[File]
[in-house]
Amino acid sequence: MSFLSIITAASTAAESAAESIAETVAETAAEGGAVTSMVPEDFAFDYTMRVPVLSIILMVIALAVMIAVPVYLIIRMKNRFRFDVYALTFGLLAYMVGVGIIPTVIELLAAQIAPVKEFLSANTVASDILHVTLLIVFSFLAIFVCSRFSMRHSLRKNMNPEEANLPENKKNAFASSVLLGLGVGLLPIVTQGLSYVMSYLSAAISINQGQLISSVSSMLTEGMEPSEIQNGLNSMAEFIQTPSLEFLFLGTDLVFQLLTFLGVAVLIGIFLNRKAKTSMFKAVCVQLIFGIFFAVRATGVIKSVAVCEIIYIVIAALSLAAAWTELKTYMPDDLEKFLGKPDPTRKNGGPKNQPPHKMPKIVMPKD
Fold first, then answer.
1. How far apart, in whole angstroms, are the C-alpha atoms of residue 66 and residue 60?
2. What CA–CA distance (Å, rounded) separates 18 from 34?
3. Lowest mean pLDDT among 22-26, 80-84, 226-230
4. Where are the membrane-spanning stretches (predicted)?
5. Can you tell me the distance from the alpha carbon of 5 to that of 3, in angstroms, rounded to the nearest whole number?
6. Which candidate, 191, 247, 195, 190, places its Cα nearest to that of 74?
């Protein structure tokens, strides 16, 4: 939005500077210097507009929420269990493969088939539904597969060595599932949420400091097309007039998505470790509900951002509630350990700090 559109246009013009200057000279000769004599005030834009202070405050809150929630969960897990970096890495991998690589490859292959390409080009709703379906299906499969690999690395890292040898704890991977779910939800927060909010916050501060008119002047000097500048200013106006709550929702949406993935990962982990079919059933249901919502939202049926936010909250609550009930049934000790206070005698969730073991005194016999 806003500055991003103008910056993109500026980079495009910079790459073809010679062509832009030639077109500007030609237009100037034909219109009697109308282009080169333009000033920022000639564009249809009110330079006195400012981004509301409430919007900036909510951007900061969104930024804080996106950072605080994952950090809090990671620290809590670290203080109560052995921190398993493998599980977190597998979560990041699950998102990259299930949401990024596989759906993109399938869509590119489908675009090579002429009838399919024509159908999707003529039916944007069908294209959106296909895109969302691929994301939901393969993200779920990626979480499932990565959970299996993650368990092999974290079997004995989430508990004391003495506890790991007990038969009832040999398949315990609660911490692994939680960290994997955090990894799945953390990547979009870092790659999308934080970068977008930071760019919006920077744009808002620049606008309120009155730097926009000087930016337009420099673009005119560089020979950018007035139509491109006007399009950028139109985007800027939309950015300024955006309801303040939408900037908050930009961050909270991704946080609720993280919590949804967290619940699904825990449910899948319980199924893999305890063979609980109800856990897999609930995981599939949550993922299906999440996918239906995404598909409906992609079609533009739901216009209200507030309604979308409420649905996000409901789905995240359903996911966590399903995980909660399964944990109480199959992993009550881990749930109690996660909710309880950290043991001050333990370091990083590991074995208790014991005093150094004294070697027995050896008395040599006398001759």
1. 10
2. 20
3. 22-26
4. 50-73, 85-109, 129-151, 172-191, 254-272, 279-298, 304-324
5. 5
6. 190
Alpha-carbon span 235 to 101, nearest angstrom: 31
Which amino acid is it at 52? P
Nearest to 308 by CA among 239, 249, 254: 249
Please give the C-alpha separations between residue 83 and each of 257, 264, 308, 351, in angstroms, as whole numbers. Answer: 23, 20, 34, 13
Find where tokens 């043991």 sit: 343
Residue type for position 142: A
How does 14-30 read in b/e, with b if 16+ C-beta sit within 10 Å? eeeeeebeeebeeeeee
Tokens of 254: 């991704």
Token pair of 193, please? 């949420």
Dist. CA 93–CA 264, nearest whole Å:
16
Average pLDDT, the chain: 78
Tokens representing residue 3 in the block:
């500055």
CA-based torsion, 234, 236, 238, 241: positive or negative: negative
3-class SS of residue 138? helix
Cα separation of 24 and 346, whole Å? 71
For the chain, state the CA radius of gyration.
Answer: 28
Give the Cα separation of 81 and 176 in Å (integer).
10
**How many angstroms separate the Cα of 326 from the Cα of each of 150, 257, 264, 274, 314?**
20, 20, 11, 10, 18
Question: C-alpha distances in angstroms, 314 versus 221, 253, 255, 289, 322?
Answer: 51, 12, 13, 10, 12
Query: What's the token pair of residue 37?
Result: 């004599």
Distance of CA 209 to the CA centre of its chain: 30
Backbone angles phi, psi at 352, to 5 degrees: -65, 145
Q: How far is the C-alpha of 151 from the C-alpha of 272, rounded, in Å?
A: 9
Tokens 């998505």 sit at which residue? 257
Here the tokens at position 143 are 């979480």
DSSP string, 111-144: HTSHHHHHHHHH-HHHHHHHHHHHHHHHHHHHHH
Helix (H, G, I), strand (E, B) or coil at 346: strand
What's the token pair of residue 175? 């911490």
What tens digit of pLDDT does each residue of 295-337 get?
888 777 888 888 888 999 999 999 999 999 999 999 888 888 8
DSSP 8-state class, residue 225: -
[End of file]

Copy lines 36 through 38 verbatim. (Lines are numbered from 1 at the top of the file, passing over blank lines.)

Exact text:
Give the Cα separation of 81 and 176 in Å (integer).
10
**How many angstroms separate the Cα of 326 from the Cα of each of 150, 257, 264, 274, 314?**